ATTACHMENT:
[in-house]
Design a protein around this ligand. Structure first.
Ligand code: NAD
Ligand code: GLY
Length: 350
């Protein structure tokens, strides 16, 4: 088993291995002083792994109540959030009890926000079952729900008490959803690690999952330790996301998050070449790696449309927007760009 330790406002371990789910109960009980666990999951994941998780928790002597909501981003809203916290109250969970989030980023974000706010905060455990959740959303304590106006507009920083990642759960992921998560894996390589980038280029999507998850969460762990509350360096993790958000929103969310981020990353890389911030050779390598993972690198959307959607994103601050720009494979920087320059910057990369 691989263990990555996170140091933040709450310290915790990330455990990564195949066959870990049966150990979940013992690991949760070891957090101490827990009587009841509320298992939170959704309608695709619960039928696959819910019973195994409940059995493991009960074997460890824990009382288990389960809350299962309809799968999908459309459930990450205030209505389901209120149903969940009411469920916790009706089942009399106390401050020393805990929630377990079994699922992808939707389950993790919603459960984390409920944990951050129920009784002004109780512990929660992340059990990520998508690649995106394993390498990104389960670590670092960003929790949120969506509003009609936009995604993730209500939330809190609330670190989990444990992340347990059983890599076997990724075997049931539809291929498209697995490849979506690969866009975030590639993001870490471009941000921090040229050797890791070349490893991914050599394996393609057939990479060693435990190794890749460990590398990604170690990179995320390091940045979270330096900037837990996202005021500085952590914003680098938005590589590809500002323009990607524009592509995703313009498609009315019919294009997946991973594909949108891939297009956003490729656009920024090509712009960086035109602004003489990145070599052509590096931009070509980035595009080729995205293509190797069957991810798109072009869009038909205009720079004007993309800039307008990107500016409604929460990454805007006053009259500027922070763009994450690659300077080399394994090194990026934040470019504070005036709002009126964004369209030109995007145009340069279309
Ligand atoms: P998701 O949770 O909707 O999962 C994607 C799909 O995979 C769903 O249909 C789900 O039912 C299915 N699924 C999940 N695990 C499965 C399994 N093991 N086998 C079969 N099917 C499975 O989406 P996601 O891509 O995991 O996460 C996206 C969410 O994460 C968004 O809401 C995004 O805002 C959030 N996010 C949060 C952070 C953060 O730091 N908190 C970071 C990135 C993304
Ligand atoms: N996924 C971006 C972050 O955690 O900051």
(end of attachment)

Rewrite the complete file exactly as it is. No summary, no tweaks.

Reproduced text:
[in-house]
Design a protein around this ligand. Structure first.
Ligand code: NAD
Ligand code: GLY
Length: 350
């Protein structure tokens, strides 16, 4: 088993291995002083792994109540959030009890926000079952729900008490959803690690999952330790996301998050070449790696449309927007760009 330790406002371990789910109960009980666990999951994941998780928790002597909501981003809203916290109250969970989030980023974000706010905060455990959740959303304590106006507009920083990642759960992921998560894996390589980038280029999507998850969460762990509350360096993790958000929103969310981020990353890389911030050779390598993972690198959307959607994103601050720009494979920087320059910057990369 691989263990990555996170140091933040709450310290915790990330455990990564195949066959870990049966150990979940013992690991949760070891957090101490827990009587009841509320298992939170959704309608695709619960039928696959819910019973195994409940059995493991009960074997460890824990009382288990389960809350299962309809799968999908459309459930990450205030209505389901209120149903969940009411469920916790009706089942009399106390401050020393805990929630377990079994699922992808939707389950993790919603459960984390409920944990951050129920009784002004109780512990929660992340059990990520998508690649995106394993390498990104389960670590670092960003929790949120969506509003009609936009995604993730209500939330809190609330670190989990444990992340347990059983890599076997990724075997049931539809291929498209697995490849979506690969866009975030590639993001870490471009941000921090040229050797890791070349490893991914050599394996393609057939990479060693435990190794890749460990590398990604170690990179995320390091940045979270330096900037837990996202005021500085952590914003680098938005590589590809500002323009990607524009592509995703313009498609009315019919294009997946991973594909949108891939297009956003490729656009920024090509712009960086035109602004003489990145070599052509590096931009070509980035595009080729995205293509190797069957991810798109072009869009038909205009720079004007993309800039307008990107500016409604929460990454805007006053009259500027922070763009994450690659300077080399394994090194990026934040470019504070005036709002009126964004369209030109995007145009340069279309
Ligand atoms: P998701 O949770 O909707 O999962 C994607 C799909 O995979 C769903 O249909 C789900 O039912 C299915 N699924 C999940 N695990 C499965 C399994 N093991 N086998 C079969 N099917 C499975 O989406 P996601 O891509 O995991 O996460 C996206 C969410 O994460 C968004 O809401 C995004 O805002 C959030 N996010 C949060 C952070 C953060 O730091 N908190 C970071 C990135 C993304
Ligand atoms: N996924 C971006 C972050 O955690 O900051």